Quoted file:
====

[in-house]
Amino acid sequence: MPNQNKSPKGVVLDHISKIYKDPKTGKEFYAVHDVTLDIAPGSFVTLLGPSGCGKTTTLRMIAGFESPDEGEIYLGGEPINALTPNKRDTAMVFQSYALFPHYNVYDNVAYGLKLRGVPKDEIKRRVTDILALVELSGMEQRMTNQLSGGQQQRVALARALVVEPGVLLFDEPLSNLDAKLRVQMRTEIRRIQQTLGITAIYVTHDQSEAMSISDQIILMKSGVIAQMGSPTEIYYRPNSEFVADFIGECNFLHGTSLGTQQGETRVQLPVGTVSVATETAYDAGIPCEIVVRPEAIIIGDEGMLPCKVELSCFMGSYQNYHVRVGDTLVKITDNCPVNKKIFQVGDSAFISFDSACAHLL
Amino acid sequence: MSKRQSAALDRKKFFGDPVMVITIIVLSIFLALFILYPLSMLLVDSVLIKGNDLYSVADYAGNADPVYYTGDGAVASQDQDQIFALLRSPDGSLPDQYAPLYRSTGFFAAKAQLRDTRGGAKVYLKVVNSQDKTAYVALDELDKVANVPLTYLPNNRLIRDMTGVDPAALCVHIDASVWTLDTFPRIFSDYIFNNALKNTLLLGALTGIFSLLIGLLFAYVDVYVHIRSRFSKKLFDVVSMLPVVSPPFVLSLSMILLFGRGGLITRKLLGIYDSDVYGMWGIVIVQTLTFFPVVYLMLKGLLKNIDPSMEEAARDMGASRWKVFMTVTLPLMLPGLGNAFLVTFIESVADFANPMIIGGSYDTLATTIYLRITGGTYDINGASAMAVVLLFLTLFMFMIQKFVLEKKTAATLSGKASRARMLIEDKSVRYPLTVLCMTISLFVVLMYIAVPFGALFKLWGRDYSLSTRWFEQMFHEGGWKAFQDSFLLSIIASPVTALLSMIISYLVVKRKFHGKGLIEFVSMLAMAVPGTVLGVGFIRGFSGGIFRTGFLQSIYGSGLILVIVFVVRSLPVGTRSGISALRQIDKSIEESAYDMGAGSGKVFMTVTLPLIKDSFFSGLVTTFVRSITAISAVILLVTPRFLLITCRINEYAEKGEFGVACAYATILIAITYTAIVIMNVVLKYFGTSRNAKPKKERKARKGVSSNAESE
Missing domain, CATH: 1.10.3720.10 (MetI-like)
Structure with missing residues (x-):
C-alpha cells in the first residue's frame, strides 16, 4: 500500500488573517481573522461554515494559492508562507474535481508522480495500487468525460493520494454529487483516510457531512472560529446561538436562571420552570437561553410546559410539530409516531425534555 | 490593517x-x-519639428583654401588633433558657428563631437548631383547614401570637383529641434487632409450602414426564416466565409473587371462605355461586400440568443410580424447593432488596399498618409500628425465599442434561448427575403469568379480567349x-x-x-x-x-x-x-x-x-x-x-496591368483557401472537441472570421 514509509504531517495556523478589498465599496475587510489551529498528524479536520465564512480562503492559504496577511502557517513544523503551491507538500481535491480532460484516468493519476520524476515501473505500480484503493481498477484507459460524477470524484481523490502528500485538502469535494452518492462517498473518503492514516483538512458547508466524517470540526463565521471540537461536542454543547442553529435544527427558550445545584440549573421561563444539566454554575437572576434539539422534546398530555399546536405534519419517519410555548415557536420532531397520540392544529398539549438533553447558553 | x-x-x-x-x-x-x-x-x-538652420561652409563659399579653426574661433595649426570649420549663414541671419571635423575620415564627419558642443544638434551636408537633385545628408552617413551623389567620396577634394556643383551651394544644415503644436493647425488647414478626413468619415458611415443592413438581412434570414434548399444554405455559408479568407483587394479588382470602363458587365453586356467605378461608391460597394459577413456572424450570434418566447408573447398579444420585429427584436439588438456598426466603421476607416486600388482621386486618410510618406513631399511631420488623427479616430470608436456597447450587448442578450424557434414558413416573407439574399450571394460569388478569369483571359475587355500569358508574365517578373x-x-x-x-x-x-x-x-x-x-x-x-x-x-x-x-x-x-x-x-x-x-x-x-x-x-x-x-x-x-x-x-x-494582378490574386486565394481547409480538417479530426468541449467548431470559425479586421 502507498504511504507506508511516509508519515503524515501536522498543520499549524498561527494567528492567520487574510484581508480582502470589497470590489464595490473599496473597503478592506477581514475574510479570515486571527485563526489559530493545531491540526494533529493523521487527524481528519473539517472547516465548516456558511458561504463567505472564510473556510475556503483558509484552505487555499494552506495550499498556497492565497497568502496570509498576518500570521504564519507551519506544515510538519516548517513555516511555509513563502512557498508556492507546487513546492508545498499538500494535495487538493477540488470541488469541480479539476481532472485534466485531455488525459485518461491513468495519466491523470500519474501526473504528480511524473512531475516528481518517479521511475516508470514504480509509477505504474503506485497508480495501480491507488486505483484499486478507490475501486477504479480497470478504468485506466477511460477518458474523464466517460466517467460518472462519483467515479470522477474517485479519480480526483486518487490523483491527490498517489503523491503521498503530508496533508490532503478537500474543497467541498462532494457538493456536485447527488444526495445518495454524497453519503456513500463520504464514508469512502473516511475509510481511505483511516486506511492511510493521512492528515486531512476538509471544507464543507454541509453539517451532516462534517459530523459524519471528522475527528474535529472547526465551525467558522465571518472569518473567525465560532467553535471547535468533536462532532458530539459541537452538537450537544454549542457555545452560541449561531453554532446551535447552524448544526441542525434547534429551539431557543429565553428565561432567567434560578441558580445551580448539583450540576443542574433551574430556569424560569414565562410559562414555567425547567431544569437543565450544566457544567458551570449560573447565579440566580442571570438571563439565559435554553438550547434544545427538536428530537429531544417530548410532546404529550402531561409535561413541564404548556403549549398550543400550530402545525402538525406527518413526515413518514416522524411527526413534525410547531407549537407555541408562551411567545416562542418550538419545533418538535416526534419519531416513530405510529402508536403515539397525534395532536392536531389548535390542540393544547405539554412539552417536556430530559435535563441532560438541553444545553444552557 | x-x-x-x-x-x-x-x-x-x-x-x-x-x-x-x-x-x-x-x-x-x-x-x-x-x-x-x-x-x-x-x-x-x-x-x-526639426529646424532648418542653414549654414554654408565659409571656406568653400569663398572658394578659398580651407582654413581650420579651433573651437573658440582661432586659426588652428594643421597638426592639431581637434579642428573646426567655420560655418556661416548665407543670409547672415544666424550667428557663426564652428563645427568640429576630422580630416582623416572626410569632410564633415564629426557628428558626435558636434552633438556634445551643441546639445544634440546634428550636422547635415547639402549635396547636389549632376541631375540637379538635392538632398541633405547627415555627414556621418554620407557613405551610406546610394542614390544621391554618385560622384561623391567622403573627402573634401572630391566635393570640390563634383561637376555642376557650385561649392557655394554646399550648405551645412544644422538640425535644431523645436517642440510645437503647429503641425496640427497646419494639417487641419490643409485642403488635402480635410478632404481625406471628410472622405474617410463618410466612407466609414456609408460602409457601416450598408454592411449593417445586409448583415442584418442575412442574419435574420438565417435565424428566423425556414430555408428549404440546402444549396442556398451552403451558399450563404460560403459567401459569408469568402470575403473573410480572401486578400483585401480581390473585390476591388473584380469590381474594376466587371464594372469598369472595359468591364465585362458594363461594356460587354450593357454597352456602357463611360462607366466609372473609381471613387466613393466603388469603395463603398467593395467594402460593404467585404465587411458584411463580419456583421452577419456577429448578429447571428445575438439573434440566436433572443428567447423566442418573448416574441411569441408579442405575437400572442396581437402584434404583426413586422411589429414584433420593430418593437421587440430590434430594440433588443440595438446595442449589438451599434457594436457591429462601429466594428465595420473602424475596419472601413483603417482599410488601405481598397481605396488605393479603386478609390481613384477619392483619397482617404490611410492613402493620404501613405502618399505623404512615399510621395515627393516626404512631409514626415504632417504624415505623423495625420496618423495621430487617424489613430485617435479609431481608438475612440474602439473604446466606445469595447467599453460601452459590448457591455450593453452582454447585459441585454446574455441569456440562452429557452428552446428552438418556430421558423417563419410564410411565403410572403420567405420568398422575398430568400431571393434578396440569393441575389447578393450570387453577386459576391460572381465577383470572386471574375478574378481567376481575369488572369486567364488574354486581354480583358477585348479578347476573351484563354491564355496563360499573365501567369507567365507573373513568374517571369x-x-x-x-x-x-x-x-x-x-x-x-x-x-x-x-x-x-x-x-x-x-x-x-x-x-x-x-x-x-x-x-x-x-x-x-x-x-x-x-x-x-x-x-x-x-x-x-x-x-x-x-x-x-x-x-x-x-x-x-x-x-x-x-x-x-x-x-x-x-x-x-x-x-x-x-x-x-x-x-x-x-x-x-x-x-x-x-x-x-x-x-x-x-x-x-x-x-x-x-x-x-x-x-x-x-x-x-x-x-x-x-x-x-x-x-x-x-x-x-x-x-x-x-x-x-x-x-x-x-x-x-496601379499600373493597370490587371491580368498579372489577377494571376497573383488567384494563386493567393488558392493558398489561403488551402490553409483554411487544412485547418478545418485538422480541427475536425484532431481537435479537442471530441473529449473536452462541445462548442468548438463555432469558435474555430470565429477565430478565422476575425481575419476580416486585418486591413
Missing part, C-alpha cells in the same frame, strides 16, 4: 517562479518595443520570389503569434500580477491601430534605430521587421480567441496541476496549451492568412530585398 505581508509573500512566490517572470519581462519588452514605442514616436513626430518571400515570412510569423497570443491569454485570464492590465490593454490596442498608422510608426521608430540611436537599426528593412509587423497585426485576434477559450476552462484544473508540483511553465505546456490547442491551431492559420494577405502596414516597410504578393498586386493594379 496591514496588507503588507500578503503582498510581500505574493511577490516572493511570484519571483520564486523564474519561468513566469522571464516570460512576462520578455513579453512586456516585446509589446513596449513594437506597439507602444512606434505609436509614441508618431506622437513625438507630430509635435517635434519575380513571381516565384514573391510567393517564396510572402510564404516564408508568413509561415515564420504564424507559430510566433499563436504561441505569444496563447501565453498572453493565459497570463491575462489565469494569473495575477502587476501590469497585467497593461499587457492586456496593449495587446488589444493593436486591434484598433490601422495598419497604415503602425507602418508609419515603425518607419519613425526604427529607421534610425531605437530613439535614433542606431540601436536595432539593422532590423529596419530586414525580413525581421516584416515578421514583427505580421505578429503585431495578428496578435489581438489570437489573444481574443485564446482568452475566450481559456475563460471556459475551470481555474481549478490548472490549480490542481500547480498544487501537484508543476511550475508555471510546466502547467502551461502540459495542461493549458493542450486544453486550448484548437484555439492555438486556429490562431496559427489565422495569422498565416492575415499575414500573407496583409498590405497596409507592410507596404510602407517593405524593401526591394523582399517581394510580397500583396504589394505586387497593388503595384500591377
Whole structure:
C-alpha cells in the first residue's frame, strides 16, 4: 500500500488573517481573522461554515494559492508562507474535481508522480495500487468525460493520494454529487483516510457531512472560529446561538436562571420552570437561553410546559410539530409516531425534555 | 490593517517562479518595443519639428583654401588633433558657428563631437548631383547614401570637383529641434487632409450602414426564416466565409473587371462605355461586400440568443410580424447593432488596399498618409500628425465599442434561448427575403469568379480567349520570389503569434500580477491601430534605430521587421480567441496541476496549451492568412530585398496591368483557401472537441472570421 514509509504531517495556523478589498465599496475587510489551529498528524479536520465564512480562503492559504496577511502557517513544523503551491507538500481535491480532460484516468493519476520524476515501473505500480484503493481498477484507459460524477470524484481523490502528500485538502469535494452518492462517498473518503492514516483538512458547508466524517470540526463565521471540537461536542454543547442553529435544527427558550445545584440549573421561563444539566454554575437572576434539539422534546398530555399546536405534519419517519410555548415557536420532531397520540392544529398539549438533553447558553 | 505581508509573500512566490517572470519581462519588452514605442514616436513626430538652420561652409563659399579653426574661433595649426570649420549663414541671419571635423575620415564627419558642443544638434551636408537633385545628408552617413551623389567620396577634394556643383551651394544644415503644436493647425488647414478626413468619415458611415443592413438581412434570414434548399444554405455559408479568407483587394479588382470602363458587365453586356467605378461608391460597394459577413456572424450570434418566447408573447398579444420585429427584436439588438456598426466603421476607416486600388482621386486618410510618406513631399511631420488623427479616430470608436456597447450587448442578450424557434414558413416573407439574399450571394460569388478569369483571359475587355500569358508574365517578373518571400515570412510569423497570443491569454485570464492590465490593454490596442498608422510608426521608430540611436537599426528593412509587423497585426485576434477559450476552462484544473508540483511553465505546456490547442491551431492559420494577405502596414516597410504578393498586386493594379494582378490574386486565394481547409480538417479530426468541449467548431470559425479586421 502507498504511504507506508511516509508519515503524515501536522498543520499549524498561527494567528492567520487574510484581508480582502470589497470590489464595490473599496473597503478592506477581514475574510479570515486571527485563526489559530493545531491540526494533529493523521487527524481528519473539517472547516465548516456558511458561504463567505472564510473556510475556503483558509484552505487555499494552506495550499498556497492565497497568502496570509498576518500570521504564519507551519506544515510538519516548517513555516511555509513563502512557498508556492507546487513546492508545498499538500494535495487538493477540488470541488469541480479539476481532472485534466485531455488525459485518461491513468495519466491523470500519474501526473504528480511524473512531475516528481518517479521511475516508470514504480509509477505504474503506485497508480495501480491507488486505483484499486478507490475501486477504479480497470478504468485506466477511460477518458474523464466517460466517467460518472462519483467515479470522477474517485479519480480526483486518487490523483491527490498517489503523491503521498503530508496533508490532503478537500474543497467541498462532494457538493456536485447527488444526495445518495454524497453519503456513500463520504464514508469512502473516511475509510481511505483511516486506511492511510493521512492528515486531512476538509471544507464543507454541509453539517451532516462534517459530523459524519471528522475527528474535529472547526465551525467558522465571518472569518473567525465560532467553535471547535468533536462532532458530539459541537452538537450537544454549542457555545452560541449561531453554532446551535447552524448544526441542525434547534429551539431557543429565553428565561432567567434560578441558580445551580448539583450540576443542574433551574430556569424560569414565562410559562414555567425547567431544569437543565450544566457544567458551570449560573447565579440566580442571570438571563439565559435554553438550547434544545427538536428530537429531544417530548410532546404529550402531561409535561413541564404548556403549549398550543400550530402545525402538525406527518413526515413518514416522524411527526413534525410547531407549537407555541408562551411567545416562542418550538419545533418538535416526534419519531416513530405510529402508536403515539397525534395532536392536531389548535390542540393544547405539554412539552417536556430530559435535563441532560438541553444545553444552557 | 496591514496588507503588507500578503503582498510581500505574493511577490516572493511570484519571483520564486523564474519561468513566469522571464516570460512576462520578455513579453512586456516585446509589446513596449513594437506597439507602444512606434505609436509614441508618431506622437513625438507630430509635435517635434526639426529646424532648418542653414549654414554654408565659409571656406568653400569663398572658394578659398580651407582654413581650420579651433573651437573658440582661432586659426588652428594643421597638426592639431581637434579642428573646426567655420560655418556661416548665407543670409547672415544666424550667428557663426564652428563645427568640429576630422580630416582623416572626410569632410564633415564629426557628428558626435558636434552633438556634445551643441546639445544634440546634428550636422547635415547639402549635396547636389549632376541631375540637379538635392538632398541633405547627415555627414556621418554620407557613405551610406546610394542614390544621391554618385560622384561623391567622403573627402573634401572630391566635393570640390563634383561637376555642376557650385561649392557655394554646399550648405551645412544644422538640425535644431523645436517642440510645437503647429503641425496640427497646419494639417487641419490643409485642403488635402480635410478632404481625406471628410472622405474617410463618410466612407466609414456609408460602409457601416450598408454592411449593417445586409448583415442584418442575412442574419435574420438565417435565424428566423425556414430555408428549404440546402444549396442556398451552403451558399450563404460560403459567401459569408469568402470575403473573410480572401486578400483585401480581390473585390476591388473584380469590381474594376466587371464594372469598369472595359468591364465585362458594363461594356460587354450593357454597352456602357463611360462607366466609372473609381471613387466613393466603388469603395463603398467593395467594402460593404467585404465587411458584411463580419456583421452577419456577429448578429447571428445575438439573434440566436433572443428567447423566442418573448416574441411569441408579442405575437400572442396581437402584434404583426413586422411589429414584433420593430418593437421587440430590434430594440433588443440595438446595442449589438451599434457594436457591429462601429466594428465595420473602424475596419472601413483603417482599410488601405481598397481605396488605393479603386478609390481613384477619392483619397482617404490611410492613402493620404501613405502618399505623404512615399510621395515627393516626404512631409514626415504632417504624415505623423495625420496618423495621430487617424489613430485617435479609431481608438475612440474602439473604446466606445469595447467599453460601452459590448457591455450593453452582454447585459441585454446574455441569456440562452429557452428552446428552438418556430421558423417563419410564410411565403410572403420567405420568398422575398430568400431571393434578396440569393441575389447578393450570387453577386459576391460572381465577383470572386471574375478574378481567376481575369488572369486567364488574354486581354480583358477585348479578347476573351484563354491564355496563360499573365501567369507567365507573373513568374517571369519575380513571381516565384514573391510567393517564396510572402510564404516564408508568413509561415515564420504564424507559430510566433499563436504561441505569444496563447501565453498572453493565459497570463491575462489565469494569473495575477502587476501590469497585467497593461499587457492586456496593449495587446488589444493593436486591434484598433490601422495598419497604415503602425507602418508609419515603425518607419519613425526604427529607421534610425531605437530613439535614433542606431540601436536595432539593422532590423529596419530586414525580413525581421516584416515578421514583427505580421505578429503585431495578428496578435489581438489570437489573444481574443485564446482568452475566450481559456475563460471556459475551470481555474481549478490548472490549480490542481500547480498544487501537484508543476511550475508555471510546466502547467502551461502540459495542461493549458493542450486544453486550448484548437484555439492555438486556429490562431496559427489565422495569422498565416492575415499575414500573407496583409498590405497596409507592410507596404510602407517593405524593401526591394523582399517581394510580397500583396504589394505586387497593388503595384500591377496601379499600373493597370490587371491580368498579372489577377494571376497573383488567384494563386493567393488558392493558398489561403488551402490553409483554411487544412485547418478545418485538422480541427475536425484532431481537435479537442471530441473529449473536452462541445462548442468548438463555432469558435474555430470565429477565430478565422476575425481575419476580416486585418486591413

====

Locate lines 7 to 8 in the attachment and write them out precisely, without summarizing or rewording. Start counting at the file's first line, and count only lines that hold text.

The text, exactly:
Missing part, C-alpha cells in the same frame, strides 16, 4: 517562479518595443520570389503569434500580477491601430534605430521587421480567441496541476496549451492568412530585398 505581508509573500512566490517572470519581462519588452514605442514616436513626430518571400515570412510569423497570443491569454485570464492590465490593454490596442498608422510608426521608430540611436537599426528593412509587423497585426485576434477559450476552462484544473508540483511553465505546456490547442491551431492559420494577405502596414516597410504578393498586386493594379 496591514496588507503588507500578503503582498510581500505574493511577490516572493511570484519571483520564486523564474519561468513566469522571464516570460512576462520578455513579453512586456516585446509589446513596449513594437506597439507602444512606434505609436509614441508618431506622437513625438507630430509635435517635434519575380513571381516565384514573391510567393517564396510572402510564404516564408508568413509561415515564420504564424507559430510566433499563436504561441505569444496563447501565453498572453493565459497570463491575462489565469494569473495575477502587476501590469497585467497593461499587457492586456496593449495587446488589444493593436486591434484598433490601422495598419497604415503602425507602418508609419515603425518607419519613425526604427529607421534610425531605437530613439535614433542606431540601436536595432539593422532590423529596419530586414525580413525581421516584416515578421514583427505580421505578429503585431495578428496578435489581438489570437489573444481574443485564446482568452475566450481559456475563460471556459475551470481555474481549478490548472490549480490542481500547480498544487501537484508543476511550475508555471510546466502547467502551461502540459495542461493549458493542450486544453486550448484548437484555439492555438486556429490562431496559427489565422495569422498565416492575415499575414500573407496583409498590405497596409507592410507596404510602407517593405524593401526591394523582399517581394510580397500583396504589394505586387497593388503595384500591377
Whole structure: